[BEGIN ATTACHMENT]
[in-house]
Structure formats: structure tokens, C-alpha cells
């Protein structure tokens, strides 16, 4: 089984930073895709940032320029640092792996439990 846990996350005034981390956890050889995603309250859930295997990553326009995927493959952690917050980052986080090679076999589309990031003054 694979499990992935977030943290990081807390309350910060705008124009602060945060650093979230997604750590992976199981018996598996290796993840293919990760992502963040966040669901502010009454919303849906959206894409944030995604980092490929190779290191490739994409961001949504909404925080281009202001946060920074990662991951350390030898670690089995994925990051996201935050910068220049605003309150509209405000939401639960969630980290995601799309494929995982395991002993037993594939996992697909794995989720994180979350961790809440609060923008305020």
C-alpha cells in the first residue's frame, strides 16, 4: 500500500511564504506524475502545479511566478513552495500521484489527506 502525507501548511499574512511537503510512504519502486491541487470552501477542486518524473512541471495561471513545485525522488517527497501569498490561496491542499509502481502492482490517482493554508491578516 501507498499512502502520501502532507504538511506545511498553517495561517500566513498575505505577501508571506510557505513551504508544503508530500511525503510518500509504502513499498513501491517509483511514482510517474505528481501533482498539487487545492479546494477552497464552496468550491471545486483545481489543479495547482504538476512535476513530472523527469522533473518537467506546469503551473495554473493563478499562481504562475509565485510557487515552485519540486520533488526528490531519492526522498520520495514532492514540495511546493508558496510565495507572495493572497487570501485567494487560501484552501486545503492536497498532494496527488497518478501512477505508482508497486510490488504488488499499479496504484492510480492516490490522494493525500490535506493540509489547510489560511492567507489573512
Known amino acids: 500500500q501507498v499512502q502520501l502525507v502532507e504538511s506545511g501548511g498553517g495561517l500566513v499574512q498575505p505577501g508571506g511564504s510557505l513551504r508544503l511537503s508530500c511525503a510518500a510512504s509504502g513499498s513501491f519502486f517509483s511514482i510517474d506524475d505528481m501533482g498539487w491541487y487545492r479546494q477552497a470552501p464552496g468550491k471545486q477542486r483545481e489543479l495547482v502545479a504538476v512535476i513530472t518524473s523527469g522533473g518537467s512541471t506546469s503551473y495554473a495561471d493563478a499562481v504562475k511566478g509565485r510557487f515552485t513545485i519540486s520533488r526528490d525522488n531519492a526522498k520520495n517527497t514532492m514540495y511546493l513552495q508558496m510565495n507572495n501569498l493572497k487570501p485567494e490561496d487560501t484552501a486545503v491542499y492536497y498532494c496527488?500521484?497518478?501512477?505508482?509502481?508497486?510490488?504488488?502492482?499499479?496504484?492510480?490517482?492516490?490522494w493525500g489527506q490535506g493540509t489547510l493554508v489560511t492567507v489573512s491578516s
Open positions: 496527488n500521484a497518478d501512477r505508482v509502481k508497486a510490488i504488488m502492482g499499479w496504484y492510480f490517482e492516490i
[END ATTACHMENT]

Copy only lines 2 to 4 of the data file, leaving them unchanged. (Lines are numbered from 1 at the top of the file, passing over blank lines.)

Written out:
Structure formats: structure tokens, C-alpha cells
């Protein structure tokens, strides 16, 4: 089984930073895709940032320029640092792996439990 846990996350005034981390956890050889995603309250859930295997990553326009995927493959952690917050980052986080090679076999589309990031003054 694979499990992935977030943290990081807390309350910060705008124009602060945060650093979230997604750590992976199981018996598996290796993840293919990760992502963040966040669901502010009454919303849906959206894409944030995604980092490929190779290191490739994409961001949504909404925080281009202001946060920074990662991951350390030898670690089995994925990051996201935050910068220049605003309150509209405000939401639960969630980290995601799309494929995982395991002993037993594939996992697909794995989720994180979350961790809440609060923008305020």
C-alpha cells in the first residue's frame, strides 16, 4: 500500500511564504506524475502545479511566478513552495500521484489527506 502525507501548511499574512511537503510512504519502486491541487470552501477542486518524473512541471495561471513545485525522488517527497501569498490561496491542499509502481502492482490517482493554508491578516 501507498499512502502520501502532507504538511506545511498553517495561517500566513498575505505577501508571506510557505513551504508544503508530500511525503510518500509504502513499498513501491517509483511514482510517474505528481501533482498539487487545492479546494477552497464552496468550491471545486483545481489543479495547482504538476512535476513530472523527469522533473518537467506546469503551473495554473493563478499562481504562475509565485510557487515552485519540486520533488526528490531519492526522498520520495514532492514540495511546493508558496510565495507572495493572497487570501485567494487560501484552501486545503492536497498532494496527488497518478501512477505508482508497486510490488504488488499499479496504484492510480492516490490522494493525500490535506493540509489547510489560511492567507489573512